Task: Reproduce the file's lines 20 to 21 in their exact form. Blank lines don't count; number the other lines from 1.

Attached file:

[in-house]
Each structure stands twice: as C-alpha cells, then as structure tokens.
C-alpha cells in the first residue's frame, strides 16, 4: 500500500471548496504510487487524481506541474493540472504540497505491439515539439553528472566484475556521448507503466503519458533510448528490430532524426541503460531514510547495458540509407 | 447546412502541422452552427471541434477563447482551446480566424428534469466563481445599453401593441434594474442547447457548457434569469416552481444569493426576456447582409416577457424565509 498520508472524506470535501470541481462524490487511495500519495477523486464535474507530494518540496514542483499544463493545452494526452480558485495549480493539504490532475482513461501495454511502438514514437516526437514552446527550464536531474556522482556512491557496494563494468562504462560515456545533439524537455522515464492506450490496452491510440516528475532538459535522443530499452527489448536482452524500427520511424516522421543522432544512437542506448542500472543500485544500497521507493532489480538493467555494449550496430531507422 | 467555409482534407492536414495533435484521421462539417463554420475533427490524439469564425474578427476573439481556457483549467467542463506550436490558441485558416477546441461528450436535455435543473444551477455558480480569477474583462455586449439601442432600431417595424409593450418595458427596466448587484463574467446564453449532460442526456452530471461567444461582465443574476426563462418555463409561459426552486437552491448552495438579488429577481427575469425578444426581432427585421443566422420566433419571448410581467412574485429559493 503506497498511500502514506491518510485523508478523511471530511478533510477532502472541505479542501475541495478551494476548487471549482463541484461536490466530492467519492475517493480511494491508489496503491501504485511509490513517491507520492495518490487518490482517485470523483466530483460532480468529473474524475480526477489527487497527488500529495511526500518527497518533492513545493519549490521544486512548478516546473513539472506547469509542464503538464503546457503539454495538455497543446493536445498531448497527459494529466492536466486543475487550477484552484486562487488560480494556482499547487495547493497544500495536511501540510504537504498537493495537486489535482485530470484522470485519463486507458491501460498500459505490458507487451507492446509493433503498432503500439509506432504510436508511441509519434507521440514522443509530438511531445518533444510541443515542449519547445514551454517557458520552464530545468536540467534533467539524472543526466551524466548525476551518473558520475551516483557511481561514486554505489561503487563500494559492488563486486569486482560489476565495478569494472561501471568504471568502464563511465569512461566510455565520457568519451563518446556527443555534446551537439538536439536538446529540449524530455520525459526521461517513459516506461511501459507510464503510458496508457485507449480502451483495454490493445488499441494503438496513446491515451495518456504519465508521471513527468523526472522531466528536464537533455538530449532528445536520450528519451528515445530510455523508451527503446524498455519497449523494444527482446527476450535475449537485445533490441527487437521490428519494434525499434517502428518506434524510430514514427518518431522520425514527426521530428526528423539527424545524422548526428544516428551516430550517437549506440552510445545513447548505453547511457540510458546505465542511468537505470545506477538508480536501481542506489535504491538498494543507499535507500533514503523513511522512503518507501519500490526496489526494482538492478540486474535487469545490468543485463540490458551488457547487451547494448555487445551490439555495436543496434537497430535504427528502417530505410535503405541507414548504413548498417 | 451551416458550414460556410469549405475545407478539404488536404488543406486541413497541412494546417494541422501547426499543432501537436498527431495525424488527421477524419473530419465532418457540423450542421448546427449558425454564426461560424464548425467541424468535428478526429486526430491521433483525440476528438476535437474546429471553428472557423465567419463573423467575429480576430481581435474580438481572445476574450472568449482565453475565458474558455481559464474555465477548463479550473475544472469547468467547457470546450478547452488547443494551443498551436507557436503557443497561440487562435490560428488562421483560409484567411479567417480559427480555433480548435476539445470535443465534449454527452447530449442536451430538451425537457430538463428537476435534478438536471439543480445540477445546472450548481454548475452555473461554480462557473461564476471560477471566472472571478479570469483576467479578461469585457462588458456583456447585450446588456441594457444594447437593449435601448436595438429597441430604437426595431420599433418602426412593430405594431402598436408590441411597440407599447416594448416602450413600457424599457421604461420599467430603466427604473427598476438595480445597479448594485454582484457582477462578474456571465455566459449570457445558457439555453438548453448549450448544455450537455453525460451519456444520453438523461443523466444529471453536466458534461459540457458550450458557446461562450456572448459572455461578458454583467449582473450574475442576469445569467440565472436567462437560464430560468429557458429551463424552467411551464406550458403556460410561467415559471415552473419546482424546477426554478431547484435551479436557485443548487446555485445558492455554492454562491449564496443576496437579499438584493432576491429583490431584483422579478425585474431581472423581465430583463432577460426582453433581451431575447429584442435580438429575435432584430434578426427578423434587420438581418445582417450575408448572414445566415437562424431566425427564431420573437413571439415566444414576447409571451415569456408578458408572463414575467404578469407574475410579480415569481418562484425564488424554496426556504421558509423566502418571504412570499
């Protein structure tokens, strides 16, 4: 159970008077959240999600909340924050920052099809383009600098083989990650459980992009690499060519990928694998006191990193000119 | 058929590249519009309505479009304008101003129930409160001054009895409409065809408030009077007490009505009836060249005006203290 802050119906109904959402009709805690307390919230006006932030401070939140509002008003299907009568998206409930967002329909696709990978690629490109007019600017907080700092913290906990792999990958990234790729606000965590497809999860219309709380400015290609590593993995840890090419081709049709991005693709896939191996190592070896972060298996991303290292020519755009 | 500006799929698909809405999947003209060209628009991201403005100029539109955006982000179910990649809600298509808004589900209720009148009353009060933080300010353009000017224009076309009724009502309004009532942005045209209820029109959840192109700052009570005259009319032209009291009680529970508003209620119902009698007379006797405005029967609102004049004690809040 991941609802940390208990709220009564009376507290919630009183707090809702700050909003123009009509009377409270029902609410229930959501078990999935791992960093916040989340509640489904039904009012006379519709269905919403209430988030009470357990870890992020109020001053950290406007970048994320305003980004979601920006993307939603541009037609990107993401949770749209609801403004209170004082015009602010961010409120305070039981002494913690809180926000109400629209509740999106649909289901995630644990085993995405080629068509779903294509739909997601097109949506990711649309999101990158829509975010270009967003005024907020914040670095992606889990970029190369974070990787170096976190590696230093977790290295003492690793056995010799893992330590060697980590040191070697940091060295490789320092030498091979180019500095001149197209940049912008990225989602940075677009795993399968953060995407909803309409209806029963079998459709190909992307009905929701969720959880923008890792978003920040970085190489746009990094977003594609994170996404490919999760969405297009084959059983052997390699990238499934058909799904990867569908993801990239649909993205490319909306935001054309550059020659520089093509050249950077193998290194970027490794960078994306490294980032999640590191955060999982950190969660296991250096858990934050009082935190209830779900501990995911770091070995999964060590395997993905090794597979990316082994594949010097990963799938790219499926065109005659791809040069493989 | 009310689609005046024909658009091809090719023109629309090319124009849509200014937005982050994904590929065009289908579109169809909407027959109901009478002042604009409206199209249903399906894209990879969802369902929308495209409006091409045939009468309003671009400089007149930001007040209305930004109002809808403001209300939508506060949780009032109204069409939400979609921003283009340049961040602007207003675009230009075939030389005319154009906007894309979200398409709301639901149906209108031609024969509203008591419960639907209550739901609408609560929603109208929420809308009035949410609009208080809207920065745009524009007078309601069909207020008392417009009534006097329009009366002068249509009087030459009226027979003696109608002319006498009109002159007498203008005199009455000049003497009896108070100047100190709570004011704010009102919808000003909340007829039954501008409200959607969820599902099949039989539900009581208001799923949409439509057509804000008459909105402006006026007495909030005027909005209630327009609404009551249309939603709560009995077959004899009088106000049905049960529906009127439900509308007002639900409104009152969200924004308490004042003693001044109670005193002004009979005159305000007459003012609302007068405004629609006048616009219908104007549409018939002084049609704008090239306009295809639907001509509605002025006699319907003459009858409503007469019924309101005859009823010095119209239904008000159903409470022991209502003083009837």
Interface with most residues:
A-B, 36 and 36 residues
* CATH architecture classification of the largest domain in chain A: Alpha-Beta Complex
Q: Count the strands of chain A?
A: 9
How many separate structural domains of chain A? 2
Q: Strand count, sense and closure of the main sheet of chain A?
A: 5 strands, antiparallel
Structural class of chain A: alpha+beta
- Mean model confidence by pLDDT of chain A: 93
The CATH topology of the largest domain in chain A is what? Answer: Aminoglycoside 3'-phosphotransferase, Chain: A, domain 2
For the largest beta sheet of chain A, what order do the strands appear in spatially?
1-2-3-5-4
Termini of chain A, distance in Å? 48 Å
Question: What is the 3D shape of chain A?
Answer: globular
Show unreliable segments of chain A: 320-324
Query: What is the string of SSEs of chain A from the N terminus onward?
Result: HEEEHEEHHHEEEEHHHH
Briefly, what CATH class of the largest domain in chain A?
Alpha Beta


Answer: globular
Show unreliable segments of chain A: 320-324